By Donella Meadows
–March 24, 1988–
Hundreds of women paraded down the streets of Johannesberg, South Africa, a few weeks ago, singing freedom songs to protest their government’s suppression of political opposition parties.
Though it was peaceful, the demonstration was illegal. The songs the women sang were illegal. The attempts of reporters and cameramen to record the event were illegal. When the police arrived, their first move was not to stop the women, but to surround the reporters, arrest some of them, and send the others away. That done, they went to work on the demonstrators.
Stupid bullies respect only money and weapons. Smart bullies fear the power of the press to tell the stories and show the pictures of their brutality. Very smart, systematic, determined oppressors know they must control money, weapons, the press, the stories, the pictures, and even the freedom songs.
A new book by Mary King about the U.S. civil rights movement explains why the press and the songs were crucial to the success of that movement — so crucial that she titled the book Freedom Song. Every chapter begins with one of the songs that fueled the black resistance.
Mary was a young white woman in the thick of the movement; she worked with Julian Bond in the communications office of SNCC. (SNCC, pronounced “snick”, stands for the Student Nonviolent Coordinating Committee, the young blacks who sat at segregated lunch counters, rode in the fronts of buses, and were stoned, beaten, jailed, and sometimes murdered for behaving like white people.)
It was Mary’s job to receive information from SNCC field workers, primarily information about police brutality, and to get it out to the press. She describes three vital reasons why that news had to get out.
First, it raised the consciousness and the anger of the nation, and eventually brought about civil rights legislation and federal protection. Mary King says, “Public awareness was crucial to our strategy. Without national exposure and mobilized public opinion, there was no point in the struggle. The sacrifice would be lost in oblivion.”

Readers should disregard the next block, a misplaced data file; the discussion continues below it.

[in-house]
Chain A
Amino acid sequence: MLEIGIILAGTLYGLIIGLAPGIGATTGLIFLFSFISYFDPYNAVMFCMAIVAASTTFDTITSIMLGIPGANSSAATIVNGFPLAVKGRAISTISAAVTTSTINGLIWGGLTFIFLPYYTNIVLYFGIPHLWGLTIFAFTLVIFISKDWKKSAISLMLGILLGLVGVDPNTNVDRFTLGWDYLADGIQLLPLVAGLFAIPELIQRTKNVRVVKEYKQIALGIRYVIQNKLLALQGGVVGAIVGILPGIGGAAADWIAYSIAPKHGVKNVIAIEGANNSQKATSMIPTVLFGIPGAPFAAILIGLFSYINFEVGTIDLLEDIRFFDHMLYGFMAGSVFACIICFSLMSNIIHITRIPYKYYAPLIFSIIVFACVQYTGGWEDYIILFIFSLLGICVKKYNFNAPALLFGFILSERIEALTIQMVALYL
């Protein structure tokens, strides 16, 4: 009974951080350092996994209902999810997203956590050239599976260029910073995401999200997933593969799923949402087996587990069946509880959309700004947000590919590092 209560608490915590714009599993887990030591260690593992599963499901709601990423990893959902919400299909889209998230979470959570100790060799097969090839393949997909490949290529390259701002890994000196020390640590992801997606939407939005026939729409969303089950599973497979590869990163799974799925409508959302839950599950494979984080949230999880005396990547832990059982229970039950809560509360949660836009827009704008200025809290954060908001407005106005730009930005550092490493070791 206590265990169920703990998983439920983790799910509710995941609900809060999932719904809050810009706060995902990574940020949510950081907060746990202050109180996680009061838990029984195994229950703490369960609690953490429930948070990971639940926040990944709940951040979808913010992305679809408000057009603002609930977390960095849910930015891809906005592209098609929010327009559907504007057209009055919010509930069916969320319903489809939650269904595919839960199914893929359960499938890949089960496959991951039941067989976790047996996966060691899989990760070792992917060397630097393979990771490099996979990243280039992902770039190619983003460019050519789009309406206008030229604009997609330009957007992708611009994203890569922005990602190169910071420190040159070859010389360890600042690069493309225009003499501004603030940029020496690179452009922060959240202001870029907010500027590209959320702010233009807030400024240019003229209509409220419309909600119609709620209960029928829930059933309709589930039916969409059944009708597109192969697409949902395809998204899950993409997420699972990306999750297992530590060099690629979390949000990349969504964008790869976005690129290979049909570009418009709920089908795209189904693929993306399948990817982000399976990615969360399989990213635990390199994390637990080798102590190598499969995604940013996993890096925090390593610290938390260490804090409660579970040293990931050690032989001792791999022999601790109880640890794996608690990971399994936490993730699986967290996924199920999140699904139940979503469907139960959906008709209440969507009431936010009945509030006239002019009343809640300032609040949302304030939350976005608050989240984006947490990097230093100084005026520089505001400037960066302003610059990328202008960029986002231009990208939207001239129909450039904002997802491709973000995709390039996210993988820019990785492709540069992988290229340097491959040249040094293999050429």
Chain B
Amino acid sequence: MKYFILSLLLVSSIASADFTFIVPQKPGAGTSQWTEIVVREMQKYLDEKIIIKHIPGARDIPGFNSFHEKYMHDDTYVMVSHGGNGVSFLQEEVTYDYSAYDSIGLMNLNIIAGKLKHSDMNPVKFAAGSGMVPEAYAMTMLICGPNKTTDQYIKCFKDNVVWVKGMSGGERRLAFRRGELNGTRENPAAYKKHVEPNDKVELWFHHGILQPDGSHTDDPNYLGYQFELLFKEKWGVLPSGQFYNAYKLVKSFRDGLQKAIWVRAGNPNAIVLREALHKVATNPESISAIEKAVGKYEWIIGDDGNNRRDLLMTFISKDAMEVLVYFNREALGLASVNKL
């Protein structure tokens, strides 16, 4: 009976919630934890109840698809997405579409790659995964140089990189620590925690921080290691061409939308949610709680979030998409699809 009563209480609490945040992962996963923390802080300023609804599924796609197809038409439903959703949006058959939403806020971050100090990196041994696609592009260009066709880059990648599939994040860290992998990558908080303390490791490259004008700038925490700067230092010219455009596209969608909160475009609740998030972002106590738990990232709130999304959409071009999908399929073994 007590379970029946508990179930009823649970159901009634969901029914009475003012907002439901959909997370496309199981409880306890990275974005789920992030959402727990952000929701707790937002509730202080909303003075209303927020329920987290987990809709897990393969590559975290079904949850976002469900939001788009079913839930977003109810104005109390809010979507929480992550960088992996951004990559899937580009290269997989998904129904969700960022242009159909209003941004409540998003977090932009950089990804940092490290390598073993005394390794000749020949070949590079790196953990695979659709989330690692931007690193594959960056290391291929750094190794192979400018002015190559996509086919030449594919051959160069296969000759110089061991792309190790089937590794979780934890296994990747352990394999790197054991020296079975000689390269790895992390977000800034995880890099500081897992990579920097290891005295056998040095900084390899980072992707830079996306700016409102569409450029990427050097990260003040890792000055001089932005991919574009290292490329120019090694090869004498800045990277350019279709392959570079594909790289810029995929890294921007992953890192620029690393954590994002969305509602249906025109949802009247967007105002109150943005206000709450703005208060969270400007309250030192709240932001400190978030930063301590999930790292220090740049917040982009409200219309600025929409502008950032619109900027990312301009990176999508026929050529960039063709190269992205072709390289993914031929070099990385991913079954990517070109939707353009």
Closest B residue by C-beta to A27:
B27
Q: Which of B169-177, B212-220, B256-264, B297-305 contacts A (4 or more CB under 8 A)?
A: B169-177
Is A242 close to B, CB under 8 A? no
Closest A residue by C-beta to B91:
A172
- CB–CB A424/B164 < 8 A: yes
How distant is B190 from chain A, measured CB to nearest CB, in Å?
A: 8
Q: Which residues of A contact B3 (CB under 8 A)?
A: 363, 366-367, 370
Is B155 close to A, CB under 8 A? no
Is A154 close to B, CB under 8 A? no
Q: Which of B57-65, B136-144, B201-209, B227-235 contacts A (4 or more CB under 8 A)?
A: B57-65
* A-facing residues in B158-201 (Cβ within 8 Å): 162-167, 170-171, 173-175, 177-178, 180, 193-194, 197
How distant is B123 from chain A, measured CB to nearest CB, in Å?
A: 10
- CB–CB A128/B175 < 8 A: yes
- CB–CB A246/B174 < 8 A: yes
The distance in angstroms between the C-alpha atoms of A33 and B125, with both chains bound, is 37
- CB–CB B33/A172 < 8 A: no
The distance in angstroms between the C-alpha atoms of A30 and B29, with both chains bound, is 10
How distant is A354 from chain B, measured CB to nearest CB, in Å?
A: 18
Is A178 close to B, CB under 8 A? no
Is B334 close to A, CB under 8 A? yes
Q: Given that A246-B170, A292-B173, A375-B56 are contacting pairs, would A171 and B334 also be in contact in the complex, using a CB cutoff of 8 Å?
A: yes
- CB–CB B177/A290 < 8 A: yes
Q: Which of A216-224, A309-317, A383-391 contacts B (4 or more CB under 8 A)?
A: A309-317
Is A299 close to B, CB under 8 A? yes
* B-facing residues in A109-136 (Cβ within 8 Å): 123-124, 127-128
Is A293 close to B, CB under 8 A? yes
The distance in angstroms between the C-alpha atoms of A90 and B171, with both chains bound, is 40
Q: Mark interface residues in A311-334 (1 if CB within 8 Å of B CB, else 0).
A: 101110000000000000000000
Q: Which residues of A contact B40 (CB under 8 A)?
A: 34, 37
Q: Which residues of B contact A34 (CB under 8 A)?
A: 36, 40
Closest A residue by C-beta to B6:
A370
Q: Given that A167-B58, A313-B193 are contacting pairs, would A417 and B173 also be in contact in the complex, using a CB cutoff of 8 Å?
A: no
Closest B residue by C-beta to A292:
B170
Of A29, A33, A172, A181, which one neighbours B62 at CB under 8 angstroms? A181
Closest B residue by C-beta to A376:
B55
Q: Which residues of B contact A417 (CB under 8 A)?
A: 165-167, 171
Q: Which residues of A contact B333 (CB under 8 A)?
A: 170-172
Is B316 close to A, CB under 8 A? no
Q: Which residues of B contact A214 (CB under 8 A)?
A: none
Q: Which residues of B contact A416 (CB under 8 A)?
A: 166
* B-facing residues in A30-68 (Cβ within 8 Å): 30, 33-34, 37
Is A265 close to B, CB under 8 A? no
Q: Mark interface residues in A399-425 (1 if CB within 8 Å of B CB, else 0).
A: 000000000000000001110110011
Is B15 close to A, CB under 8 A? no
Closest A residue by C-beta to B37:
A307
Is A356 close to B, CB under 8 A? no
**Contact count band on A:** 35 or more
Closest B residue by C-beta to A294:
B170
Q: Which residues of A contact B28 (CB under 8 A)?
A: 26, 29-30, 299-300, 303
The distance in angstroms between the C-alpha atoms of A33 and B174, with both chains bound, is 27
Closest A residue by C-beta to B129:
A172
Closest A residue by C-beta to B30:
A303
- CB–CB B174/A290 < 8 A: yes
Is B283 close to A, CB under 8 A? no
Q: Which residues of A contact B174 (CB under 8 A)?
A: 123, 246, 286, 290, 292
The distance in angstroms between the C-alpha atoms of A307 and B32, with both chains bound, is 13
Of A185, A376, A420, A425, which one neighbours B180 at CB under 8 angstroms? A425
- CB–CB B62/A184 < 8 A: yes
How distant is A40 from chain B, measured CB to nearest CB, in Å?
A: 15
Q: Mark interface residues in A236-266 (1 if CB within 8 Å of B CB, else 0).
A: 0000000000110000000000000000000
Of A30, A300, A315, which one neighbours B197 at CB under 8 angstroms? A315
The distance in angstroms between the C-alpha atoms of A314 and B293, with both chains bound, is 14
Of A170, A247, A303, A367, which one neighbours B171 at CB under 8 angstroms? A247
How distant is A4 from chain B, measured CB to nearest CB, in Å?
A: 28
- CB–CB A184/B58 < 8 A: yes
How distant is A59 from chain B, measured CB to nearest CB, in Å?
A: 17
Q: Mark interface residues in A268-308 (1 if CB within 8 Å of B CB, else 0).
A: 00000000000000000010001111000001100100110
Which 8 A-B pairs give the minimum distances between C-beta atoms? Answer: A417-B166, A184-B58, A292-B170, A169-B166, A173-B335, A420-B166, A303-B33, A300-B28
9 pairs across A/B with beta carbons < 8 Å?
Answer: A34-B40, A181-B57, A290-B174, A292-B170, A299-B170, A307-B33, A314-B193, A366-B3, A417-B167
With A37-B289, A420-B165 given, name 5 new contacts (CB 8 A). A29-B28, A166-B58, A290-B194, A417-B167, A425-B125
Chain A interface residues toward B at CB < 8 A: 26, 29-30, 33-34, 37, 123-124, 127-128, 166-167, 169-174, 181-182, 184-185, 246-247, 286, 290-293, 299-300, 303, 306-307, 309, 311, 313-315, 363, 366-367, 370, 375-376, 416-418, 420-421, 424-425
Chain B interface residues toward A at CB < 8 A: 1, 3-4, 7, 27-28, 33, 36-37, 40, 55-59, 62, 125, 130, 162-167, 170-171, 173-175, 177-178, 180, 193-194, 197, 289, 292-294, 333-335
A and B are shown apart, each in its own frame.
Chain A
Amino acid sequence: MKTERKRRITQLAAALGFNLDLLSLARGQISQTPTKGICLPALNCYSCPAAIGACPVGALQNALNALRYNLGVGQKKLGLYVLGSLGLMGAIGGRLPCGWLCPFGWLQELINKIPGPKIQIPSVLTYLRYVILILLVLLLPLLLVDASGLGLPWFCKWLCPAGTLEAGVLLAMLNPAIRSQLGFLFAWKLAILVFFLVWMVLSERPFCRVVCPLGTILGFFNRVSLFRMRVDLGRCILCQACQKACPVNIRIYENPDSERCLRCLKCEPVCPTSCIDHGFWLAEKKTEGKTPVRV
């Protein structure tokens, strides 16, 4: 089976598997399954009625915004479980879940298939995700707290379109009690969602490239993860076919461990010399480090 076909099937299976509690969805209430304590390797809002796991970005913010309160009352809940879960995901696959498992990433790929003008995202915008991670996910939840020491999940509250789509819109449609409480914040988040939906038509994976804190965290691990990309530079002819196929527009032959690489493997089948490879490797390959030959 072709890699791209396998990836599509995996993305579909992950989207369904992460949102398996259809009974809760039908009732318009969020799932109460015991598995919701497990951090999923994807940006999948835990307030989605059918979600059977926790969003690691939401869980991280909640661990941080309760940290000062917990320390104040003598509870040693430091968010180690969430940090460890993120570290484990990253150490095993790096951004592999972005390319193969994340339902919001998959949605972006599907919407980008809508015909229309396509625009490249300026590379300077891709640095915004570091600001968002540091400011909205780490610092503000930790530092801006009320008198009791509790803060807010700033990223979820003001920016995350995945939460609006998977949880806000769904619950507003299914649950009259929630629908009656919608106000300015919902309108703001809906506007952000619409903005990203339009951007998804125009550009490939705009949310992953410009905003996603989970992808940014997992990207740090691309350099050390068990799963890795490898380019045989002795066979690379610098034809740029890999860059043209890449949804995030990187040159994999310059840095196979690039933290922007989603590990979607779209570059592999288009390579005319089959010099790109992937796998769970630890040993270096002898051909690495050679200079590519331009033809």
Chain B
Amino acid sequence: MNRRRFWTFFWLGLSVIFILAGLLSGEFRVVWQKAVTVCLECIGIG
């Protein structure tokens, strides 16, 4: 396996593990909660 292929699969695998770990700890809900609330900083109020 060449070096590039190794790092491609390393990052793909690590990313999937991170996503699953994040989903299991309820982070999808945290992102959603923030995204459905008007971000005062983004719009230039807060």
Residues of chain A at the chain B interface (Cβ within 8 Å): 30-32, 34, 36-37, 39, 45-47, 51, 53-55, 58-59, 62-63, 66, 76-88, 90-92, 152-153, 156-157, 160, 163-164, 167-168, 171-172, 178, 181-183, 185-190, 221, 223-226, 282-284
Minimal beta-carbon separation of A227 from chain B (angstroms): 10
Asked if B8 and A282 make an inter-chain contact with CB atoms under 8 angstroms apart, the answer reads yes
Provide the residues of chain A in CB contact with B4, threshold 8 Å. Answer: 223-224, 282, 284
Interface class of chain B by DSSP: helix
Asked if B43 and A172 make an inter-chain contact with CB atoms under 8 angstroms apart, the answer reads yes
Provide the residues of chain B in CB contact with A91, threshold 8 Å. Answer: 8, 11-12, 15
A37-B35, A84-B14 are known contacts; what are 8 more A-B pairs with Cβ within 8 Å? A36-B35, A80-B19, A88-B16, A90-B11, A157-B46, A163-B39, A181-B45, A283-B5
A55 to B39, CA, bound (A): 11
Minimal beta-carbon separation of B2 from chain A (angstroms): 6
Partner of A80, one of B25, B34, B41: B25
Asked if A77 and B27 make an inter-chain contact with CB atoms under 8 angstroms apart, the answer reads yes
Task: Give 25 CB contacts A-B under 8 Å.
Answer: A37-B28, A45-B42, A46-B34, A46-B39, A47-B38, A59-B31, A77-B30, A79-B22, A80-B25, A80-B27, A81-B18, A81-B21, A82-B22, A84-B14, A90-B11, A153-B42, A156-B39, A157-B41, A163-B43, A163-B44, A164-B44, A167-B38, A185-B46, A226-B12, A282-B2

Second it made the racists confront the immorality of their own actions. Barbarity is much easier to practice when you don’t have to look at it too hard, when you don’t have to watch your own hatefulness on the nightly news.
Third, public exposure gave a measure of protection to the demonstrators. “It’s difficult to grasp now that anything as pedestrian as registering potential voters or as prosaic as gathering in a church could have been a life-threatening act in the United States of America only twenty-five years ago. Whatever small protection we had came through news reports. The presence of a reporter at a jail or a telephone inquiry from a newspaper was often the only step that let a local sheriff know he was being watched. With the exception of those involved at the time, no one knows how important the effective use of the news media was to our safety, and even our lives.”
A sobering thought, when one remembers how many tyrranical governments, from South Africa to Afghanistan, from Chile to Iran, are operating under almost complete suppression of the press. Even the Israeli government is finding it necessary to hide its treatment of the Palestinians from the world, from its own people, and from itself, by controlling the media.
And the songs? What is their power? “The freedom songs uplifted us,” Mary King says, “bound us together, exalted us, and pointed the way, and, in a real sense, freed us from the shackles of psychological bondage. They captured and kept alive the yearnings, dreams, and fervency of a people under stress. Freedom songs both gave and reflected back the political fire and spiritual longings of countless individuals, in untold mass meetings.”
“Song leading became an organizing tool, helping to mobilize the dedicated or to motivate the reticent. Never has there been a struggle as rich in protest songs as the southern civil rights movement, because of the magnificence of black congregational singing, nourished as it was by a legacy of struggle, resistance, endurance, and faith.”
Those powerful songs from the 1960s are still alive, still working. They have traveled the world, mingling with the songs of other languages and cultures. I once had the privilege of being with Mary King at an international conference of community leaders, where “We Shall Overcome” was sung in Spanish and Hindi and Shona. Even now, twenty five years after her own struggle, Mary can’t hear that song, in any language, without being moved to tears.
Governments may suppress mass gatherings where freedom songs generate strength, but ultimately they can never suppress the songs. They can and do suppress news stories and pictures. Whenever they do, that fact itself should be sufficient to raise the outrage of the world.
Copyright Sustainability Institute 1988